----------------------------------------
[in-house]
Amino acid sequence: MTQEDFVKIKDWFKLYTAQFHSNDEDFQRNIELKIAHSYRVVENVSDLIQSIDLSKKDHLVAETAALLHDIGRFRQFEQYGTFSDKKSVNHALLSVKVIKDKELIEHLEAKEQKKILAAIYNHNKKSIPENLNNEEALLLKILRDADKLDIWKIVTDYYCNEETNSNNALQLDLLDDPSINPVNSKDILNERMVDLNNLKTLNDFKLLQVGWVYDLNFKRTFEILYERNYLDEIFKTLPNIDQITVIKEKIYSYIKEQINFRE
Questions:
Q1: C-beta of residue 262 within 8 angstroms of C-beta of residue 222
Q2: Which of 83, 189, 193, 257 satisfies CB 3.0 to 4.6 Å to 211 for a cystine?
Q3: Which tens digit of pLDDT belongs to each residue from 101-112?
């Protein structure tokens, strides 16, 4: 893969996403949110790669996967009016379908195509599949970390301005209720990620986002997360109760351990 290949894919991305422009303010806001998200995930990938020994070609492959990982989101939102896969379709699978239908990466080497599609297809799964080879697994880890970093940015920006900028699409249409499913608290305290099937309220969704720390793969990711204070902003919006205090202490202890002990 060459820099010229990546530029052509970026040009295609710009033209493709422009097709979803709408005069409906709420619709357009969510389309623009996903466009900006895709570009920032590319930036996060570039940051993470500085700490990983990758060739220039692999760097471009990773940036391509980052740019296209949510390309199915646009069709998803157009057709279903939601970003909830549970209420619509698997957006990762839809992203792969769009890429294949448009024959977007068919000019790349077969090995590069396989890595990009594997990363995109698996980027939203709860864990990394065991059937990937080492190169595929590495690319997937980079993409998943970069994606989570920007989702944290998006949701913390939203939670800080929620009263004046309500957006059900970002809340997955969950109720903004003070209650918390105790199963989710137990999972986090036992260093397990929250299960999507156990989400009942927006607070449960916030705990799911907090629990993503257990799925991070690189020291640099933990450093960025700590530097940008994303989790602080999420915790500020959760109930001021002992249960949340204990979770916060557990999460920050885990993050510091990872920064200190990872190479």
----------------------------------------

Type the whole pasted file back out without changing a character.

[in-house]
Amino acid sequence: MTQEDFVKIKDWFKLYTAQFHSNDEDFQRNIELKIAHSYRVVENVSDLIQSIDLSKKDHLVAETAALLHDIGRFRQFEQYGTFSDKKSVNHALLSVKVIKDKELIEHLEAKEQKKILAAIYNHNKKSIPENLNNEEALLLKILRDADKLDIWKIVTDYYCNEETNSNNALQLDLLDDPSINPVNSKDILNERMVDLNNLKTLNDFKLLQVGWVYDLNFKRTFEILYERNYLDEIFKTLPNIDQITVIKEKIYSYIKEQINFRE
Questions:
Q1: C-beta of residue 262 within 8 angstroms of C-beta of residue 222
Q2: Which of 83, 189, 193, 257 satisfies CB 3.0 to 4.6 Å to 211 for a cystine?
Q3: Which tens digit of pLDDT belongs to each residue from 101-112?
């Protein structure tokens, strides 16, 4: 893969996403949110790669996967009016379908195509599949970390301005209720990620986002997360109760351990 290949894919991305422009303010806001998200995930990938020994070609492959990982989101939102896969379709699978239908990466080497599609297809799964080879697994880890970093940015920006900028699409249409499913608290305290099937309220969704720390793969990711204070902003919006205090202490202890002990 060459820099010229990546530029052509970026040009295609710009033209493709422009097709979803709408005069409906709420619709357009969510389309623009996903466009900006895709570009920032590319930036996060570039940051993470500085700490990983990758060739220039692999760097471009990773940036391509980052740019296209949510390309199915646009069709998803157009057709279903939601970003909830549970209420619509698997957006990762839809992203792969769009890429294949448009024959977007068919000019790349077969090995590069396989890595990009594997990363995109698996980027939203709860864990990394065991059937990937080492190169595929590495690319997937980079993409998943970069994606989570920007989702944290998006949701913390939203939670800080929620009263004046309500957006059900970002809340997955969950109720903004003070209650918390105790199963989710137990999972986090036992260093397990929250299960999507156990989400009942927006607070449960916030705990799911907090629990993503257990799925991070690189020291640099933990450093960025700590530097940008994303989790602080999420915790500020959760109930001021002992249960949340204990979770916060557990999460920050885990993050510091990872920064200190990872190479």